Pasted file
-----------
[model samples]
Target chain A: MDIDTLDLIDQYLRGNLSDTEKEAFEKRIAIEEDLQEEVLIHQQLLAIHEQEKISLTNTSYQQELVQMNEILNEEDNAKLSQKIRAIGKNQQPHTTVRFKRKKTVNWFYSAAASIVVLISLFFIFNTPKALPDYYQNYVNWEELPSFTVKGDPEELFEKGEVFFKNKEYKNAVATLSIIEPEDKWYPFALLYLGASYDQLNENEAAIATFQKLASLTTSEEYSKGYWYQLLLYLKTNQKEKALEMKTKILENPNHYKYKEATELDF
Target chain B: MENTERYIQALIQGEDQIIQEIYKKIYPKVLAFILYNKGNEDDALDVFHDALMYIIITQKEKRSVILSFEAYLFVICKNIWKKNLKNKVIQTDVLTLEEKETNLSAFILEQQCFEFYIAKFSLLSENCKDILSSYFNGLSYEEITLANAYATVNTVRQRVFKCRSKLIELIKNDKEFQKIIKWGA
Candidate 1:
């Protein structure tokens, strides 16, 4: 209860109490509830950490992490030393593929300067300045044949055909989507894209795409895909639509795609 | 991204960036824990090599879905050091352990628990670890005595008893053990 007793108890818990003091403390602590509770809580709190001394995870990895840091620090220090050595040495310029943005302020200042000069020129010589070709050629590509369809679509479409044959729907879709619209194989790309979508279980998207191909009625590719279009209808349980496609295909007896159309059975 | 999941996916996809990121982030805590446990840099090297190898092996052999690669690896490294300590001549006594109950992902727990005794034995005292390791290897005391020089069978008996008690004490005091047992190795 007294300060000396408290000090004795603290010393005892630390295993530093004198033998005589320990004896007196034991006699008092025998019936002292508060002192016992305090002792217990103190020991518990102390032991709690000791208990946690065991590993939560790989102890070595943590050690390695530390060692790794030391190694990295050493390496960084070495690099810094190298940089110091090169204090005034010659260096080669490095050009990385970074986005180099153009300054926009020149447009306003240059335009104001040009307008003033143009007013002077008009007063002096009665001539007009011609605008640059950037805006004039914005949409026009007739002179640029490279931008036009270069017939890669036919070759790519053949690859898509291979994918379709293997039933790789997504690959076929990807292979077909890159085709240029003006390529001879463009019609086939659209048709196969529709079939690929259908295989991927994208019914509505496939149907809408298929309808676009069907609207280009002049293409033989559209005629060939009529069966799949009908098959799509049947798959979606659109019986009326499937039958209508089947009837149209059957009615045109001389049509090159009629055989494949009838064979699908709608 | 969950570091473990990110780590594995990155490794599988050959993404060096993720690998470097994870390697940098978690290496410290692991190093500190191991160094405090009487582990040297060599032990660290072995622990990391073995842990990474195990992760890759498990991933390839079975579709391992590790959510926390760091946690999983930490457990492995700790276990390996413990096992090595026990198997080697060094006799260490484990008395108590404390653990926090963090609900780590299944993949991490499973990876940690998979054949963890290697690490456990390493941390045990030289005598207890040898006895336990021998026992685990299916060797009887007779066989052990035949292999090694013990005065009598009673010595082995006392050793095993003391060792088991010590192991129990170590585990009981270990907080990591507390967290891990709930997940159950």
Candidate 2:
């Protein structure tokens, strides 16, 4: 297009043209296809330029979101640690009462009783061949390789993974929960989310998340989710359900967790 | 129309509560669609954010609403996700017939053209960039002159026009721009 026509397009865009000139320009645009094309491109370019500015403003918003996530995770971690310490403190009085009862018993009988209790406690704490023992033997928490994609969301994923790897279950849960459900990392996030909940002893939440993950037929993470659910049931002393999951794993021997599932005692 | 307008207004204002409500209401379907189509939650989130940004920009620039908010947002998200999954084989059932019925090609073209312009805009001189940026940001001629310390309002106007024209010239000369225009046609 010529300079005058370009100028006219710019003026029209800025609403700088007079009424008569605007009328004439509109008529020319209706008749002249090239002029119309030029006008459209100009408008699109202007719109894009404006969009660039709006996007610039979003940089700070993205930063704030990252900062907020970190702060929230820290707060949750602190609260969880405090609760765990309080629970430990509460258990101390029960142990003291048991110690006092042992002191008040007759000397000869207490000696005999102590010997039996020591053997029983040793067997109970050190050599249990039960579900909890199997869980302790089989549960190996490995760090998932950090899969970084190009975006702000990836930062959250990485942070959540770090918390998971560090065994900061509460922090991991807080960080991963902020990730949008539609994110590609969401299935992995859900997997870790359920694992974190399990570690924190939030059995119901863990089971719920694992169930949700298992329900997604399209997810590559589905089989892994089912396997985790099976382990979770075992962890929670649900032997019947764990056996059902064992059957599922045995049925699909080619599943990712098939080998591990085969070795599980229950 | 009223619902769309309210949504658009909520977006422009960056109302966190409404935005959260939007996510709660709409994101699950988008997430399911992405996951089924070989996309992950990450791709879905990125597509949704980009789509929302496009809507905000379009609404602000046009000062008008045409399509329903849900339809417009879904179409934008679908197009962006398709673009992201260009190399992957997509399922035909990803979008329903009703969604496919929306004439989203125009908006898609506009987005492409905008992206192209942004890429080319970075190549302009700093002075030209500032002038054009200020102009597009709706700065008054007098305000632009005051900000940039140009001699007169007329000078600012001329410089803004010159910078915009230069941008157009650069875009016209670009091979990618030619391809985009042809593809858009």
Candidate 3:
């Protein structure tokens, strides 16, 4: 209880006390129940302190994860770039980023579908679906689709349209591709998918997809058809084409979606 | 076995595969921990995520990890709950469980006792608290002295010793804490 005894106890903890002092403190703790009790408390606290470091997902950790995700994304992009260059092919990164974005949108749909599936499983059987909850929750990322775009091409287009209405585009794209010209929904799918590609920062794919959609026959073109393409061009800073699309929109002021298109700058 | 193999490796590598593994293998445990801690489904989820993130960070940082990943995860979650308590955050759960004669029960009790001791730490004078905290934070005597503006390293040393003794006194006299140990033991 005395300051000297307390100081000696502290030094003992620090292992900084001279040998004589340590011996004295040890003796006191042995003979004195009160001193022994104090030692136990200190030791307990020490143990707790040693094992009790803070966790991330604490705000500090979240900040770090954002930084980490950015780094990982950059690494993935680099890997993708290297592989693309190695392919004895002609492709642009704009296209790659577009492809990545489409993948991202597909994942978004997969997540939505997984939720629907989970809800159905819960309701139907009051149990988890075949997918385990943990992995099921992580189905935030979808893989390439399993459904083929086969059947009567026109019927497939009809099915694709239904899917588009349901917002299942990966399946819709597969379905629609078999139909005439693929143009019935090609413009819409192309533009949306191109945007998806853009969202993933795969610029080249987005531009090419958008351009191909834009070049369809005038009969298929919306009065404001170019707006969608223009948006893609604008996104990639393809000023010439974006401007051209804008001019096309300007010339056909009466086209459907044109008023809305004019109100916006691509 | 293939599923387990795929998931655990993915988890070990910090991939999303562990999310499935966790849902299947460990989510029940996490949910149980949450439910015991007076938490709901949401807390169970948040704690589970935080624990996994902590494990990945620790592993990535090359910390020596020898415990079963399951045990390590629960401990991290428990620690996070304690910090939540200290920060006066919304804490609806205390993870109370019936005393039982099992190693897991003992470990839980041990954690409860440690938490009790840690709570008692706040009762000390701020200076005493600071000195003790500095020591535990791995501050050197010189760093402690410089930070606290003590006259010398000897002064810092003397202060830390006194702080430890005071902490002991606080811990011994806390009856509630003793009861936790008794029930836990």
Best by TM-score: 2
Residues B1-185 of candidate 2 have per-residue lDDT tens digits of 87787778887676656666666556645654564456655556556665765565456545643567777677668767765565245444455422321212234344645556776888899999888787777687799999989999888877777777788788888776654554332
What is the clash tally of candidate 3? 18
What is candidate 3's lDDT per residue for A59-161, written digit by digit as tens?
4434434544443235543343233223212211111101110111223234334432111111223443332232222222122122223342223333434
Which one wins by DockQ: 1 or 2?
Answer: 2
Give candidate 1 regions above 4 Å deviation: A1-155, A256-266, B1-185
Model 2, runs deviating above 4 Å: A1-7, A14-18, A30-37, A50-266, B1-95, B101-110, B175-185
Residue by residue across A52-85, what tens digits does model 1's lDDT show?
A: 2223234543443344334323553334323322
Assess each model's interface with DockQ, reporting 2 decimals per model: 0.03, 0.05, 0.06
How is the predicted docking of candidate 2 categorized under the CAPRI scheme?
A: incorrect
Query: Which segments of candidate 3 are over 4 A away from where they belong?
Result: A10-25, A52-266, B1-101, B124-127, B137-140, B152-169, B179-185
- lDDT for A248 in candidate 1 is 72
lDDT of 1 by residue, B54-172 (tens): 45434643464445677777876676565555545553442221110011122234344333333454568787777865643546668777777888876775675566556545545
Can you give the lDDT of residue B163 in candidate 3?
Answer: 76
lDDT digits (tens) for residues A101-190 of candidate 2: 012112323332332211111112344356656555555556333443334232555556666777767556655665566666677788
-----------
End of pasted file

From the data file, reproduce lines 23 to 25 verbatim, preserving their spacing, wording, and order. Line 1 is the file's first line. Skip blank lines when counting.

A: incorrect
Query: Which segments of candidate 3 are over 4 A away from where they belong?
Result: A10-25, A52-266, B1-101, B124-127, B137-140, B152-169, B179-185